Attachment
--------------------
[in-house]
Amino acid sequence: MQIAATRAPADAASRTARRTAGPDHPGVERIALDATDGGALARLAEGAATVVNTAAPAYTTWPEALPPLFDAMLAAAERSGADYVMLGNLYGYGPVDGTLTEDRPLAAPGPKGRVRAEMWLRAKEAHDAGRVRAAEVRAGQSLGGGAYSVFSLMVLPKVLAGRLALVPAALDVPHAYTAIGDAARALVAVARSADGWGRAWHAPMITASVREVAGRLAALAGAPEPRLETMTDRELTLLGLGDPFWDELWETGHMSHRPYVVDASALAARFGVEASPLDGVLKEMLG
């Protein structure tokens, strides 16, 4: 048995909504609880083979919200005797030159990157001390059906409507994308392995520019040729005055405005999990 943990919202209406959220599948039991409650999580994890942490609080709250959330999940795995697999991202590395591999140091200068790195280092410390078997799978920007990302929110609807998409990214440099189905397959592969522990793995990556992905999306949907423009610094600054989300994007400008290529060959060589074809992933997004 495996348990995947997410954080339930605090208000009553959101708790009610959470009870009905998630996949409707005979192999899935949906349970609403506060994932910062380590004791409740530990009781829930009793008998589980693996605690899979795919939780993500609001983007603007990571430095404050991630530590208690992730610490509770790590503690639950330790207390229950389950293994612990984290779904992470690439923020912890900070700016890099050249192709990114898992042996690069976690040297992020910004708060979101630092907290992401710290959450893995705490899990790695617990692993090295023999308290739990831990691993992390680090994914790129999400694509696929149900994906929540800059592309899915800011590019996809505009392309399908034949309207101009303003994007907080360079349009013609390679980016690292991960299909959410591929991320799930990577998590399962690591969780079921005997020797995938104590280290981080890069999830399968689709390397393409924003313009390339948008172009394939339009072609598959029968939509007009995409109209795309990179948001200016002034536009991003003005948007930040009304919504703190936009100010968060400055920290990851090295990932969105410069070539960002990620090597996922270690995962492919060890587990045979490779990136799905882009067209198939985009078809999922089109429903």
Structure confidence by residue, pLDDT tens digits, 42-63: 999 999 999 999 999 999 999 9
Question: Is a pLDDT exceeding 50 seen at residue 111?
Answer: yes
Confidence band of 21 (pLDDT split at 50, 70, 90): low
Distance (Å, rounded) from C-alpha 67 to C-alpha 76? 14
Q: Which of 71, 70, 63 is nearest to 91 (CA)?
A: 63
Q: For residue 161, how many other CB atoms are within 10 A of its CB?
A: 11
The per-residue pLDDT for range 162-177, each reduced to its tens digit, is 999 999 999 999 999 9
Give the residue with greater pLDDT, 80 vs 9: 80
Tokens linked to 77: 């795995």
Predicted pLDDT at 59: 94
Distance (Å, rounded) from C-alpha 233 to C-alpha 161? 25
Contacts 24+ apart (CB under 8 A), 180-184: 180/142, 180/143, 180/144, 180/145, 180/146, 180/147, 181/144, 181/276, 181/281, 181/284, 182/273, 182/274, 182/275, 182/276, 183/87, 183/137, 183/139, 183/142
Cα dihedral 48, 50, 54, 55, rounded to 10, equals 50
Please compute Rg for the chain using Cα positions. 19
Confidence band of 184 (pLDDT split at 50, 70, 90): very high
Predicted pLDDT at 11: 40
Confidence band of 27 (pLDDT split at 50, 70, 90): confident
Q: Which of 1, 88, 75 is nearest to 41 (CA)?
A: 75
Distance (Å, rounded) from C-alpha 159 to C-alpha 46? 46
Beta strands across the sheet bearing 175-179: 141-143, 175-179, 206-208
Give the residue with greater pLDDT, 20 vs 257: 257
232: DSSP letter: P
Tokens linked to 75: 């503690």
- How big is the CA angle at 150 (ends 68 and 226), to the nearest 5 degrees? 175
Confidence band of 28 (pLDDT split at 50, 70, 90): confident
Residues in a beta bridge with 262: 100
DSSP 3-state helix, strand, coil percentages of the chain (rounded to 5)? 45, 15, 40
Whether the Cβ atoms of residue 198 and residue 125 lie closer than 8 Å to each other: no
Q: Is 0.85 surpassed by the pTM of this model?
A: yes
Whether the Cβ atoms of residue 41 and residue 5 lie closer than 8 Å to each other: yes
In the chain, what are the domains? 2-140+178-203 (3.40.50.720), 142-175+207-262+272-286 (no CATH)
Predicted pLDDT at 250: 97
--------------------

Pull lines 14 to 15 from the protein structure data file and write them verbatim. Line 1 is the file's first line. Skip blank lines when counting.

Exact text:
Give the residue with greater pLDDT, 80 vs 9: 80
Tokens linked to 77: 């795995």